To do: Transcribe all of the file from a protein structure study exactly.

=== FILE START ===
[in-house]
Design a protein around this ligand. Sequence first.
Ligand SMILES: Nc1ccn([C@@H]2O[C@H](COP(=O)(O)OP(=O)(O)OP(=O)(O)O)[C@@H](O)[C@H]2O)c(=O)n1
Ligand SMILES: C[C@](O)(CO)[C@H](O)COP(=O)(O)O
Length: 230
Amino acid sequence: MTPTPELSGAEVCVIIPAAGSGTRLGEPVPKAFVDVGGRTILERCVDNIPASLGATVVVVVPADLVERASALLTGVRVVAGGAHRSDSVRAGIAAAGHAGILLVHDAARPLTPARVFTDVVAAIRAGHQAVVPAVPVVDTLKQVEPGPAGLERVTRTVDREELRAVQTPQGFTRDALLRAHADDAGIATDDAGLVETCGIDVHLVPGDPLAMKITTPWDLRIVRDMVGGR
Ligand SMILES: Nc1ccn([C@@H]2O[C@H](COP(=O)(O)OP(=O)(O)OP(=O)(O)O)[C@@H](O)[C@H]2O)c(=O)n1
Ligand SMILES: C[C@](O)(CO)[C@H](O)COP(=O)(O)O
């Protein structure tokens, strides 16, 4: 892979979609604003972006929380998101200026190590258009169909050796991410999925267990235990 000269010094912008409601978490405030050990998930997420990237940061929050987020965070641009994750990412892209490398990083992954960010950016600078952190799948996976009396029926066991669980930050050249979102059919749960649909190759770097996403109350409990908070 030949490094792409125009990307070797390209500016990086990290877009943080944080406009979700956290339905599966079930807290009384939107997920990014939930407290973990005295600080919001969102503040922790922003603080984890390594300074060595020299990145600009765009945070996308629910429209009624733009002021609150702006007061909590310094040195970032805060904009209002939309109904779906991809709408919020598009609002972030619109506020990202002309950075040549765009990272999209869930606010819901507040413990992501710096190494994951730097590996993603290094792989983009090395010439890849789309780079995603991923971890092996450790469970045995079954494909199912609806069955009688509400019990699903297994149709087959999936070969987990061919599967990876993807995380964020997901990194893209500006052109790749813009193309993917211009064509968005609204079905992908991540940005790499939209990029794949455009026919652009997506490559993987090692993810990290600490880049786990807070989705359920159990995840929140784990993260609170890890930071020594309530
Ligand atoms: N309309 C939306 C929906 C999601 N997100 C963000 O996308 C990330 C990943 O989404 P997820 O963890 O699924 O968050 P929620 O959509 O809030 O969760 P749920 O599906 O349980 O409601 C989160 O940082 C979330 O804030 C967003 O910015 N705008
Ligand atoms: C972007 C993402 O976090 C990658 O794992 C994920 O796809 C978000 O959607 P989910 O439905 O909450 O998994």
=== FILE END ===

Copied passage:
[in-house]
Design a protein around this ligand. Sequence first.
Ligand SMILES: Nc1ccn([C@@H]2O[C@H](COP(=O)(O)OP(=O)(O)OP(=O)(O)O)[C@@H](O)[C@H]2O)c(=O)n1
Ligand SMILES: C[C@](O)(CO)[C@H](O)COP(=O)(O)O
Length: 230
Amino acid sequence: MTPTPELSGAEVCVIIPAAGSGTRLGEPVPKAFVDVGGRTILERCVDNIPASLGATVVVVVPADLVERASALLTGVRVVAGGAHRSDSVRAGIAAAGHAGILLVHDAARPLTPARVFTDVVAAIRAGHQAVVPAVPVVDTLKQVEPGPAGLERVTRTVDREELRAVQTPQGFTRDALLRAHADDAGIATDDAGLVETCGIDVHLVPGDPLAMKITTPWDLRIVRDMVGGR
Ligand SMILES: Nc1ccn([C@@H]2O[C@H](COP(=O)(O)OP(=O)(O)OP(=O)(O)O)[C@@H](O)[C@H]2O)c(=O)n1
Ligand SMILES: C[C@](O)(CO)[C@H](O)COP(=O)(O)O
């Protein structure tokens, strides 16, 4: 892979979609604003972006929380998101200026190590258009169909050796991410999925267990235990 000269010094912008409601978490405030050990998930997420990237940061929050987020965070641009994750990412892209490398990083992954960010950016600078952190799948996976009396029926066991669980930050050249979102059919749960649909190759770097996403109350409990908070 030949490094792409125009990307070797390209500016990086990290877009943080944080406009979700956290339905599966079930807290009384939107997920990014939930407290973990005295600080919001969102503040922790922003603080984890390594300074060595020299990145600009765009945070996308629910429209009624733009002021609150702006007061909590310094040195970032805060904009209002939309109904779906991809709408919020598009609002972030619109506020990202002309950075040549765009990272999209869930606010819901507040413990992501710096190494994951730097590996993603290094792989983009090395010439890849789309780079995603991923971890092996450790469970045995079954494909199912609806069955009688509400019990699903297994149709087959999936070969987990061919599967990876993807995380964020997901990194893209500006052109790749813009193309993917211009064509968005609204079905992908991540940005790499939209990029794949455009026919652009997506490559993987090692993810990290600490880049786990807070989705359920159990995840929140784990993260609170890890930071020594309530
Ligand atoms: N309309 C939306 C929906 C999601 N997100 C963000 O996308 C990330 C990943 O989404 P997820 O963890 O699924 O968050 P929620 O959509 O809030 O969760 P749920 O599906 O349980 O409601 C989160 O940082 C979330 O804030 C967003 O910015 N705008
Ligand atoms: C972007 C993402 O976090 C990658 O794992 C994920 O796809 C978000 O959607 P989910 O439905 O909450 O998994």